I would also say that I think that piece highlights the challenge of putting together all the puzzle pieces in a very complicated intelligence picture. Often, I think as you could see from the piece, there are bits and pieces that different people have, different agencies have, different countries have. And often, intelligence is like trying to put together a puzzle without knowing what it’s supposed to look like at the end, not having all the pieces and having some that go to a different puzzle. I’ve heard that analogy used, and I think it’s particularly apt when it comes to Mumbai.
So it’s a challenge that we confront every day, but our intelligence community has in the wake of Mumbai taken steps with our partners and here at home to really improve their ability to prevent these kinds of attacks.
QUESTION: But knowing that we have so many agencies here, India has many agency, British have, so is there a synergy developed now? And after six years, do we have somewhere where these do get together and so that this doesn’t get repeated?
MS. HARF: Absolutely. And that’s, I think, what I was referencing – that we’ve always had ways of intelligence sharing both internally inside the U.S. Government between intelligence and law enforcement, but also with our partners overseas. Whether it’s the Indians or the British, we have very close intelligence partnerships. In the wake of Mumbai, we’ve taken additional steps to increase information sharing, again, to try and put all these puzzle pieces together to try and prevent something like this from happening. It is a tough challenge though, certainly, but we’re very committed to doing better here.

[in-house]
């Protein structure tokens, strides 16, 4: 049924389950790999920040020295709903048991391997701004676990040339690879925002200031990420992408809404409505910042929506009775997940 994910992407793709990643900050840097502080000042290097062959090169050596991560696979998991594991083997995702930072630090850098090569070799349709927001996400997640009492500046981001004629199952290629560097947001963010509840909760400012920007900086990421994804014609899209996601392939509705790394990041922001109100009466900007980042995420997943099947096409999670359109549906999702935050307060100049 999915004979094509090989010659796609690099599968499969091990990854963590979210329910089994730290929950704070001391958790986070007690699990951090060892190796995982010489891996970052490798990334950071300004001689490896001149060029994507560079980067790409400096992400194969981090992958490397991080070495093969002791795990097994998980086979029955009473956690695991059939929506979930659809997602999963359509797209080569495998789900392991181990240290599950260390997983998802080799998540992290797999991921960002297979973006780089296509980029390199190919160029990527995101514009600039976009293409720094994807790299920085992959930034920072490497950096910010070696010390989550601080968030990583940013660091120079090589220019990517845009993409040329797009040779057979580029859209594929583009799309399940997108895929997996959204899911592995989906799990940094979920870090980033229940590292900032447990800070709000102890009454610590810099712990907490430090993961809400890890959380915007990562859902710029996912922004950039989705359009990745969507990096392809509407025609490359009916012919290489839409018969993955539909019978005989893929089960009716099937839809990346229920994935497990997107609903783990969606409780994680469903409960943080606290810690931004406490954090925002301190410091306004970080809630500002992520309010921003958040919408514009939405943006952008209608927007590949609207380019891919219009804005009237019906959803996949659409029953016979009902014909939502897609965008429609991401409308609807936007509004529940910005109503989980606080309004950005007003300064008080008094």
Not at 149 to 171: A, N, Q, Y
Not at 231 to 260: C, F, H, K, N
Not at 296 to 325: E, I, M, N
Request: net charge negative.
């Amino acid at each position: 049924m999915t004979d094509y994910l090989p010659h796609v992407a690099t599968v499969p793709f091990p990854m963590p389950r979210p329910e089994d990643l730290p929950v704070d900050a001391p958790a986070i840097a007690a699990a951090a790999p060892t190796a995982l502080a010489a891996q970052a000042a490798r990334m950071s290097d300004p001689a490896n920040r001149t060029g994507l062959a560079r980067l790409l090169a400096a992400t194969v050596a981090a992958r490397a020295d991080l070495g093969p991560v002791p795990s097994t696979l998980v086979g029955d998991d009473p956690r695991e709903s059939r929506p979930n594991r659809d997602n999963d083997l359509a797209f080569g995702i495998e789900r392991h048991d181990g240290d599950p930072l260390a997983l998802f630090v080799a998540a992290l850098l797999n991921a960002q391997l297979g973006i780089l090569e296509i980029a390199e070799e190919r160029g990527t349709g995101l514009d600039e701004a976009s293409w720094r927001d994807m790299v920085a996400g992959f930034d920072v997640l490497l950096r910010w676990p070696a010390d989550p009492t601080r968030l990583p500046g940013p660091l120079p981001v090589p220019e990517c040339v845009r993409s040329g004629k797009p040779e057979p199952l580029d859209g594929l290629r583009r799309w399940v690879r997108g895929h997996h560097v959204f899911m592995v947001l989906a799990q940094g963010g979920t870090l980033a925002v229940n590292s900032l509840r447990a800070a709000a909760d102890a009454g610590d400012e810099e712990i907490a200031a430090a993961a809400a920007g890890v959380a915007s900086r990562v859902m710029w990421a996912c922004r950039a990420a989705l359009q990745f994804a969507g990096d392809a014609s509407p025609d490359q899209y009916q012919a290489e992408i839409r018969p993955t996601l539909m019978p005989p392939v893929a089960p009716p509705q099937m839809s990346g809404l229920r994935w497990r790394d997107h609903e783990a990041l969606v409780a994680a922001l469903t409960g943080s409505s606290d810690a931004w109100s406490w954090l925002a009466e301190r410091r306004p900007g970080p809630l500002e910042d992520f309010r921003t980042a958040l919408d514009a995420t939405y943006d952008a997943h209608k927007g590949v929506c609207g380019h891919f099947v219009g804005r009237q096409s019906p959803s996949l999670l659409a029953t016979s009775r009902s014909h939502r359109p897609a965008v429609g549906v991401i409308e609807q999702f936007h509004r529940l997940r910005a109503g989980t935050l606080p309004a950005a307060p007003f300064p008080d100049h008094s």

MS. HARF: Anything else on this? Okay.
QUESTION: Can we move on?
MS. HARF: Yes.
QUESTION: Thank you. I would like to ask a question about ISIS. Deputy Prime Minister of Kurdistan Qubad Talabani said that the United States has directly provided arms to the Kurdish Peshmerga, a claim that the United States used to deny. They – you had said before that – I mean not you personally, but the United States has said that what it did was help transfer weapons from Baghdad to Kurdistan; no direct weapons from American stockpiles had been provided to the Peshmerga. Why does he say something different from --
MS. HARF: Well, I think you’re skipping over the conversation we’ve had over the last three or four months. The President and others have said a few things: first, that we are providing assistance to both the Iraqi Security Forces and to the Kurdish forces. We’ve been very open about saying that. All of this is coordinated, certainly, with the Iraqi central government, but we’ve been clear we will provide assistance across the board.
QUESTION: So weapons --